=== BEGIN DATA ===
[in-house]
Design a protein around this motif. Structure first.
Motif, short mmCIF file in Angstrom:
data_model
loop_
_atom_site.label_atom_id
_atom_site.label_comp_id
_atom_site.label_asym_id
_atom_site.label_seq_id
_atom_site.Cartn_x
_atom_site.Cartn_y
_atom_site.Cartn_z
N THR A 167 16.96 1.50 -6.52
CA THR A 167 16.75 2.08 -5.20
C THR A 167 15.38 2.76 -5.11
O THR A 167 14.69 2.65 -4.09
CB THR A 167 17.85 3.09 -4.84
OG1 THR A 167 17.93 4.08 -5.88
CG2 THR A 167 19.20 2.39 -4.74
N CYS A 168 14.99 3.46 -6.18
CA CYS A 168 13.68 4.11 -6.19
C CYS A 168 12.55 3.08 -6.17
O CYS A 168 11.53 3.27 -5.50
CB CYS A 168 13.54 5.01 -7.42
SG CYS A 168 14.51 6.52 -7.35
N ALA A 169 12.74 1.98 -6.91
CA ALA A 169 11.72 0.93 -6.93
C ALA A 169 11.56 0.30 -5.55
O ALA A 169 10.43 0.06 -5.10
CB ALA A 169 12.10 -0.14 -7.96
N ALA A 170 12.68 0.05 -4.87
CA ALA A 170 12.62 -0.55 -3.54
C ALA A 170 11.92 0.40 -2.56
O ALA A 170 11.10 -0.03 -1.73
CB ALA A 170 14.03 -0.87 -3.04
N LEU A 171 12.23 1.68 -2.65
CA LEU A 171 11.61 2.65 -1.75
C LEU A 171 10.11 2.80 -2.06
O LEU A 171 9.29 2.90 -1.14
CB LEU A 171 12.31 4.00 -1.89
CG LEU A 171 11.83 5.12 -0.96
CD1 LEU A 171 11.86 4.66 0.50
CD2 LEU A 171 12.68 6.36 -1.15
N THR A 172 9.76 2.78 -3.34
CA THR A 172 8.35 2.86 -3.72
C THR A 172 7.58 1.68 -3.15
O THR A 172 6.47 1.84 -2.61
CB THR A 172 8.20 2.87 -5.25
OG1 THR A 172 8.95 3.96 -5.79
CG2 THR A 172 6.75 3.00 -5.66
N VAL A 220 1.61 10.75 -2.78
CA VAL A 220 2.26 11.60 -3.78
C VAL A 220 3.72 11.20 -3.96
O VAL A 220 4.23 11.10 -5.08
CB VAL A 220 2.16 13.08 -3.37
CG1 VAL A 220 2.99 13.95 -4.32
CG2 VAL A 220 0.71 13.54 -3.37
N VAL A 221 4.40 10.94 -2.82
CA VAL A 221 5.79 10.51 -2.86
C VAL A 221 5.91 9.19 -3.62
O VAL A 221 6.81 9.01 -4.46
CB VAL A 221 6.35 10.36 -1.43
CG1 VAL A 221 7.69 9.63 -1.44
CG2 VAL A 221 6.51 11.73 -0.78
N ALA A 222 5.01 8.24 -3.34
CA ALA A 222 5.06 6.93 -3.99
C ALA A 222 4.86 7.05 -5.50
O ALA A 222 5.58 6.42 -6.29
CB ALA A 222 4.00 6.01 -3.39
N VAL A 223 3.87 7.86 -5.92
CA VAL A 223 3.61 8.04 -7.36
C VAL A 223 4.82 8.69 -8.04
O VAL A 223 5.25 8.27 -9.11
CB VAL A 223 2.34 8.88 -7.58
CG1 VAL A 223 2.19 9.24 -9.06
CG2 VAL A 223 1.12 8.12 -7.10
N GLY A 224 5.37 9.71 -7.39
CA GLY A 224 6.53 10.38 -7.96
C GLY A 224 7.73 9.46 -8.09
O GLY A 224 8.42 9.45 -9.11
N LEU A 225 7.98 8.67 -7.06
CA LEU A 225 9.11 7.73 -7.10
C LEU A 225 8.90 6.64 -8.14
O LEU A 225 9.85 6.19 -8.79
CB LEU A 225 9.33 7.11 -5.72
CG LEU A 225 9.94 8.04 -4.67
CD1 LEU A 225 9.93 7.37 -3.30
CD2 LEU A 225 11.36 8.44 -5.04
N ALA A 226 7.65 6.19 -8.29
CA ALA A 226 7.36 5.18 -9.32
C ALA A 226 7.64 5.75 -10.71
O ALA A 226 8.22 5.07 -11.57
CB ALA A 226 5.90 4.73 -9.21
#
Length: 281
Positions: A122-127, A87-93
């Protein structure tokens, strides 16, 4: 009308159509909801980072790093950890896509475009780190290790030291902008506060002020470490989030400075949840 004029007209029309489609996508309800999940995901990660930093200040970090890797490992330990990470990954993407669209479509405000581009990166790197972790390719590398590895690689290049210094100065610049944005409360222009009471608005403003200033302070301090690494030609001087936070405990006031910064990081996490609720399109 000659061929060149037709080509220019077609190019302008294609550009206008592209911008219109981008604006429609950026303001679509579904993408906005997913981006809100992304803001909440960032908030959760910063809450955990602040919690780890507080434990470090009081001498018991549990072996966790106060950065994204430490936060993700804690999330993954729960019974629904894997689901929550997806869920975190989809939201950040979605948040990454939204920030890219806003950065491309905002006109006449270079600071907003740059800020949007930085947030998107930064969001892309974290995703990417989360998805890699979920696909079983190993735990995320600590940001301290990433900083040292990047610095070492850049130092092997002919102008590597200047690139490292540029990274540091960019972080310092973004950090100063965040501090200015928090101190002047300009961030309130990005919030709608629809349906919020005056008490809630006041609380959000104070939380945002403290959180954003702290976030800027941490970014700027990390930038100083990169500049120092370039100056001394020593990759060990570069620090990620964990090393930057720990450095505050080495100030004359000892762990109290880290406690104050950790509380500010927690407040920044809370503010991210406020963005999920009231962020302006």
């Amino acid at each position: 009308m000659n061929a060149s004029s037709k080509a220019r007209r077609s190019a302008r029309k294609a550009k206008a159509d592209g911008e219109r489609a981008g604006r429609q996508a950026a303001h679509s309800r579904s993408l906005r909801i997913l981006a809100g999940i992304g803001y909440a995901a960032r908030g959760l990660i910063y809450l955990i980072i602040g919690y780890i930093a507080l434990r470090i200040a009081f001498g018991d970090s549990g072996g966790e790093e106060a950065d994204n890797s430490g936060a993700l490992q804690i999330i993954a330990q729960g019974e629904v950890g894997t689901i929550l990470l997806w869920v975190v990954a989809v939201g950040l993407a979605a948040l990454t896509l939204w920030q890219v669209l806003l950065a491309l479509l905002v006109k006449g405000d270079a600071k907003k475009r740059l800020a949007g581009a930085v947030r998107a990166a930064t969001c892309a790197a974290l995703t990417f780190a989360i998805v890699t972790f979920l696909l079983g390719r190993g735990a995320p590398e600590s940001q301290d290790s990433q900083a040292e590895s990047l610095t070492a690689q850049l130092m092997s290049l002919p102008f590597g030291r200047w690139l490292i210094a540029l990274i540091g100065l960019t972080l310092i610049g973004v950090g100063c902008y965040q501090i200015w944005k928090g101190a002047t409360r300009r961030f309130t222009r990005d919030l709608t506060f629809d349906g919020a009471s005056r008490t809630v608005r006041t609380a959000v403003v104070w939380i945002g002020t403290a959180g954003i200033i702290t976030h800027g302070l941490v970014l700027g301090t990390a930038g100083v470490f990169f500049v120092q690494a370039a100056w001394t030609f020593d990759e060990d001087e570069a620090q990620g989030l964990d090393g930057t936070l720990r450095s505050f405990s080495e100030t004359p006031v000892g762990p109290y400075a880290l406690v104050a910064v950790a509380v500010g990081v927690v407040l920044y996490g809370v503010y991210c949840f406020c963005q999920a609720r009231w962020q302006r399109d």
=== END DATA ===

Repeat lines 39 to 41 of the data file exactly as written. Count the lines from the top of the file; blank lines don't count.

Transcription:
O LEU A 171 9.29 2.90 -1.14
CB LEU A 171 12.31 4.00 -1.89
CG LEU A 171 11.83 5.12 -0.96